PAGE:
Tuesday, March 31, 2009

What if I don't like some of my company's diversity efforts?

Dear Diversity Diva: Enough is enough. I work for a big company that likes to brag about its diversity efforts in an annual report. In flipping through it, I noticed that the company gave money to a group that supported the legalization of gay marriage, something completely against my religious beliefs. How is that fair? — Seeking Some Diverse Diversity

Dear Seeking: Your question strikes at the heart of what workplace diversity represents.

For some, it’s about preventing discrimination. For others, it’s about promoting a wide range of thought that comes from a wide range of backgrounds that makes for better business. What you are talking about is a whole lot trickier — diversity as a means to promote an agenda. And inherent in certain agendas is equally fierce opposition.

You didn’t mention it, but maybe your company was covering its bases by supporting gay marriage organizations because it had supported other groups that were at the other extreme of the issue. If so, would you still be upset? For example, if your company donated $500 to the Republicans and $500 to Democrats, would you think that was OK because its equitable or would you be upset that anything was given to the party you can’t stand?

While you always have the right to take offense at something that your company does, if it’s not illegal, it just remains a observation of how your organization’s values compares to your own. Of course, you can react in other ways if you are a shareholder in the company.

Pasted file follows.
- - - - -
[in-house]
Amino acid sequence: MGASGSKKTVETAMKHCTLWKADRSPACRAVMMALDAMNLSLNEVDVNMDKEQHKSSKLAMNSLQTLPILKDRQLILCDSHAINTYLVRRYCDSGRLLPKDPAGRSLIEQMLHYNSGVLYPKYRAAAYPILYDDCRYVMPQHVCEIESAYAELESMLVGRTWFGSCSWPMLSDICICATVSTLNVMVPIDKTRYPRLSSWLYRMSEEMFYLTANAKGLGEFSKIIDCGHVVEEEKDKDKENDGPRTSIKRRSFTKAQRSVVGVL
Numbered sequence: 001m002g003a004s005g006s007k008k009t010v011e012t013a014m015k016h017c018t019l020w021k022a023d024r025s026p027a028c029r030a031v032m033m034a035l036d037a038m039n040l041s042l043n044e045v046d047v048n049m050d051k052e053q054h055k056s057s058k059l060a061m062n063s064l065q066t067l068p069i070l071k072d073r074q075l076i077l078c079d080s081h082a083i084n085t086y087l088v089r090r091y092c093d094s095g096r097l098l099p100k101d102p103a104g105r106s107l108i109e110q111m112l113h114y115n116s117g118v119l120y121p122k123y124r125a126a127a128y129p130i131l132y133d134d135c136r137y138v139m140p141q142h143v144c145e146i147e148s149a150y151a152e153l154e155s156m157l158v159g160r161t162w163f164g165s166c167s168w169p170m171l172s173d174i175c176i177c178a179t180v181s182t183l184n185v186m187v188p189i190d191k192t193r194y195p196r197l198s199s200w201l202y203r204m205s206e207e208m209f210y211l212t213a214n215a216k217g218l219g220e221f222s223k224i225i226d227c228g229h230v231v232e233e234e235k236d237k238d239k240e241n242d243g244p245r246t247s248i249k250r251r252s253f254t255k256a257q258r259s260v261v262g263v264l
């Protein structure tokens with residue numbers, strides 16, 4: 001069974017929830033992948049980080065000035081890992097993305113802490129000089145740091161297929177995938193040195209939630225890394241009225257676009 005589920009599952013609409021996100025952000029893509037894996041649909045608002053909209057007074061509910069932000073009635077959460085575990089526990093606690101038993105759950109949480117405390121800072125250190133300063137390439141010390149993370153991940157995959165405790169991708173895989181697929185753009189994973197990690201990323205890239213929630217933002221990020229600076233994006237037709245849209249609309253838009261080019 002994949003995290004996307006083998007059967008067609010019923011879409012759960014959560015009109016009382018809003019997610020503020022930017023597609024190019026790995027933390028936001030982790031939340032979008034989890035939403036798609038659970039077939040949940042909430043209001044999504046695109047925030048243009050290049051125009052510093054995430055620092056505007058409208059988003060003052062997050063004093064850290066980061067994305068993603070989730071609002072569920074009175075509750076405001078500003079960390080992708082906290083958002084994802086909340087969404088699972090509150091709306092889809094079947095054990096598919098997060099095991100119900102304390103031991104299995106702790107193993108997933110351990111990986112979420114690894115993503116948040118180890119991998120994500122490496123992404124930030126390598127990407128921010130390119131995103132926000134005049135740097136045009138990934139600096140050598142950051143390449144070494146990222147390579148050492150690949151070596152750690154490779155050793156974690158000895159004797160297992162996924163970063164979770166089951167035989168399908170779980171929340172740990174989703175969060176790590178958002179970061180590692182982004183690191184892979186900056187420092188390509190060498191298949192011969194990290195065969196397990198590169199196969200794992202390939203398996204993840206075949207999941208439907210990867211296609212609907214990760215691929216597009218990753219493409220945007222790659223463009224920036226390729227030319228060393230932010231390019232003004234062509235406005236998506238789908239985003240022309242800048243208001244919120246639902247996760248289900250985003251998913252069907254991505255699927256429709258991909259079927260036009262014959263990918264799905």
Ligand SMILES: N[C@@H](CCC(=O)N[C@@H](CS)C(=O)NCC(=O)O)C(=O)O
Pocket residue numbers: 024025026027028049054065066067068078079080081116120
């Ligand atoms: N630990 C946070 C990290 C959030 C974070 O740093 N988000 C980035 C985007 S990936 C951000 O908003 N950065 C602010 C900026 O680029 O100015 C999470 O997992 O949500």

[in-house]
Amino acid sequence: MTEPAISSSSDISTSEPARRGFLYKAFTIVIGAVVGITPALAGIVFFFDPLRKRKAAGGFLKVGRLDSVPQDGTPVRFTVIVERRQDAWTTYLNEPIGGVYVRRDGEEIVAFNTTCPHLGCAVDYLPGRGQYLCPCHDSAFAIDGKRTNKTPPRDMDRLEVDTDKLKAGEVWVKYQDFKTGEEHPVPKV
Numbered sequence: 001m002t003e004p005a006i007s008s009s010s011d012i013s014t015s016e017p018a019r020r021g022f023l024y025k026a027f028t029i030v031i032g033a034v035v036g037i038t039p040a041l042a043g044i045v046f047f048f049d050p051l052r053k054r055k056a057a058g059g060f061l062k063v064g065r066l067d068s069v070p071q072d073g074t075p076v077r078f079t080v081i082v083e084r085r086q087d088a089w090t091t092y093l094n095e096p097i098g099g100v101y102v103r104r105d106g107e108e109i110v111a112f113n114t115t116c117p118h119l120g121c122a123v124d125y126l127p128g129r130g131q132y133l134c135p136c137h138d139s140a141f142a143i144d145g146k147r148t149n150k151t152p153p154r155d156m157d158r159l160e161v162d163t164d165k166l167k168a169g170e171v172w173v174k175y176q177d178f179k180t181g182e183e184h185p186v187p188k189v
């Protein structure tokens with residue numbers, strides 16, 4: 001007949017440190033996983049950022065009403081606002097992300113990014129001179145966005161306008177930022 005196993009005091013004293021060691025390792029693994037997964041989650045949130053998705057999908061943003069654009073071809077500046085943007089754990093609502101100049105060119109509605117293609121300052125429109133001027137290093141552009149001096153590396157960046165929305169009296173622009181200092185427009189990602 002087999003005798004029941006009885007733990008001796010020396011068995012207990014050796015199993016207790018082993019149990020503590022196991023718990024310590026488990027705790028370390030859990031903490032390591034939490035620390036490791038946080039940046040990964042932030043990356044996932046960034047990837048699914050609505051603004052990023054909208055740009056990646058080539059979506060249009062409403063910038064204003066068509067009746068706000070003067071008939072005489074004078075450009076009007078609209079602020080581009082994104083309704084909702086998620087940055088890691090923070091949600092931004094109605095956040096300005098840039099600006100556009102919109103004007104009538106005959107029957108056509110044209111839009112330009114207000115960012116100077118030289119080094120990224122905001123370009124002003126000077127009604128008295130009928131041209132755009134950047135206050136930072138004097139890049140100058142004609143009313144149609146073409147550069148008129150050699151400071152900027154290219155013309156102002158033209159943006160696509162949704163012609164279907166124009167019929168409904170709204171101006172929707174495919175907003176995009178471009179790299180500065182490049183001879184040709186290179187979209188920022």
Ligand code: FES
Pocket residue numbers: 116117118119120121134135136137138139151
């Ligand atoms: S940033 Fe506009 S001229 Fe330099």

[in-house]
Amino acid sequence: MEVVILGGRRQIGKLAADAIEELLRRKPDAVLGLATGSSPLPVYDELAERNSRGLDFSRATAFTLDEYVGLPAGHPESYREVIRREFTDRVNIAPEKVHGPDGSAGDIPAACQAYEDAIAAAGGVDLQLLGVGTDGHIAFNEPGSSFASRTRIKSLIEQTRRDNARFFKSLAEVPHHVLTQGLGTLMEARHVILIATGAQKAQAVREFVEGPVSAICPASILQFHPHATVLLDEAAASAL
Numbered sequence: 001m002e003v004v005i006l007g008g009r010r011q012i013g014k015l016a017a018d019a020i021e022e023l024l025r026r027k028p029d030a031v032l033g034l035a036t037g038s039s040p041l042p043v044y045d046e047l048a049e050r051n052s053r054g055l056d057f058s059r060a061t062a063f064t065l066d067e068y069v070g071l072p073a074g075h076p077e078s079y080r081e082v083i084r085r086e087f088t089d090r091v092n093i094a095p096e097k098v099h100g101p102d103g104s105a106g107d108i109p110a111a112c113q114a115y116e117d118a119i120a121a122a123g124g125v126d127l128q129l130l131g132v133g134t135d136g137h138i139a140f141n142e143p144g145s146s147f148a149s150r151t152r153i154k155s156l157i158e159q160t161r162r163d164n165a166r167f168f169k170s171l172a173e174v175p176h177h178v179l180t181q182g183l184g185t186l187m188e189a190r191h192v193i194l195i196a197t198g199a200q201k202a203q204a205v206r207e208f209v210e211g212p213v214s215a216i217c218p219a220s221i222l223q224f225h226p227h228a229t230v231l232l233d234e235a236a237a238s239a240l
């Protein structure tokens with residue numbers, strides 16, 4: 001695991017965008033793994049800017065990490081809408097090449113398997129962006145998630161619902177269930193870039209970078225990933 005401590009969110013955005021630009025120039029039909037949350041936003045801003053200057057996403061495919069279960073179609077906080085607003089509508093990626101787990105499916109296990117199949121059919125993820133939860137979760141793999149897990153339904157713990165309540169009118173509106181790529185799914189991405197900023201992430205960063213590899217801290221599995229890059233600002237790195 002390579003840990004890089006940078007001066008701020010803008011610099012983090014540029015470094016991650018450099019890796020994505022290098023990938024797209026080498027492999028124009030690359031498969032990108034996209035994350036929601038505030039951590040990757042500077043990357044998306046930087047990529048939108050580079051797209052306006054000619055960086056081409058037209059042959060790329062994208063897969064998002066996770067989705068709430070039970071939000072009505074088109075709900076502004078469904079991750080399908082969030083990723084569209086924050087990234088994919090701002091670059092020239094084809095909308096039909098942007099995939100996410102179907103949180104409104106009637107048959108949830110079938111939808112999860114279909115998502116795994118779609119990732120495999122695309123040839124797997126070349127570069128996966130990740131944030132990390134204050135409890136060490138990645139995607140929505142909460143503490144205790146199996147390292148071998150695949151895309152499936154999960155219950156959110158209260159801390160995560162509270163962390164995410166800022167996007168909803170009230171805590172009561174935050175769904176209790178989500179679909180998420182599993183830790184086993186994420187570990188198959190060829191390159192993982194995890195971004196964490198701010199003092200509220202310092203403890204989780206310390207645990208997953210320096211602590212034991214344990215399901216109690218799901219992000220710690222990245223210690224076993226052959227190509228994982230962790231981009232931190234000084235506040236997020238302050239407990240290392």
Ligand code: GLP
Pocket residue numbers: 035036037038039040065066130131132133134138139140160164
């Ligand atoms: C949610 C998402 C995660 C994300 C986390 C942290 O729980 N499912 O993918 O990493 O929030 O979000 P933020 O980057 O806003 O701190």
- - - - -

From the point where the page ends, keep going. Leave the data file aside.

If the situation continues to bother you, I would suggest going to the person in charge of diversity at your organization and having this conversation.

Monday, March 9, 2009

Should people be approached directly about an issue involving race or ethnicity?

Dear Diversity Diva: Recently a fellow manager and I had a fierce debate. Some documents came into our office that were in Arabic and needed to be translated. The other manager said we should just go directly to the two employees with “Muslim names” and ask them if they would like the translation assignment. I said we should send out an e-mail to see if there were any volunteers to translate. What do you think? — Mulling over Muslim Matters

Dear Mulling: With rare exception, one shouldn’t assume that people ever want to be approached about their race or ethnicity in a work situation if they are not the ones bringing it up. Just because someone has a name of Arab descent, for example, doesn’t mean that they are Muslim or speak Arabic.

More significantly, even if they do speak or read Arabic, it does not necessarily mean that they would feel comfortable sharing that information with an employer. While some may look at speaking a language as a unique asset , an individual with that background may have experienced discomfort — or outright discrimination — because of ethnic background and want to downplay attention.

Your suggestion of sending out a department-wide e-mail would be my preference because it allows people to self-select on what they choose to share with their employers. Also, by allowing people to volunteer, you may give an opportunity to an employee who knows Arabic fluently and has been aching for a chance to use that skill at work.

Last but certainly not least, if you approach the Muslim or Arab employee and that person feels uncomfortable about the request, you can bet a box of staples that if that employee ever files a discrimination complaint on the basis of race, national origin or religion against your employer, that totally innocent request for help will be characterized in a far more sinister light.

Just send out the e-mail. At least one of the employees of Arab descent probably will volunteer, and it also would give you the opportunity to ask if that person would mind being asked again if the situation arises in the future.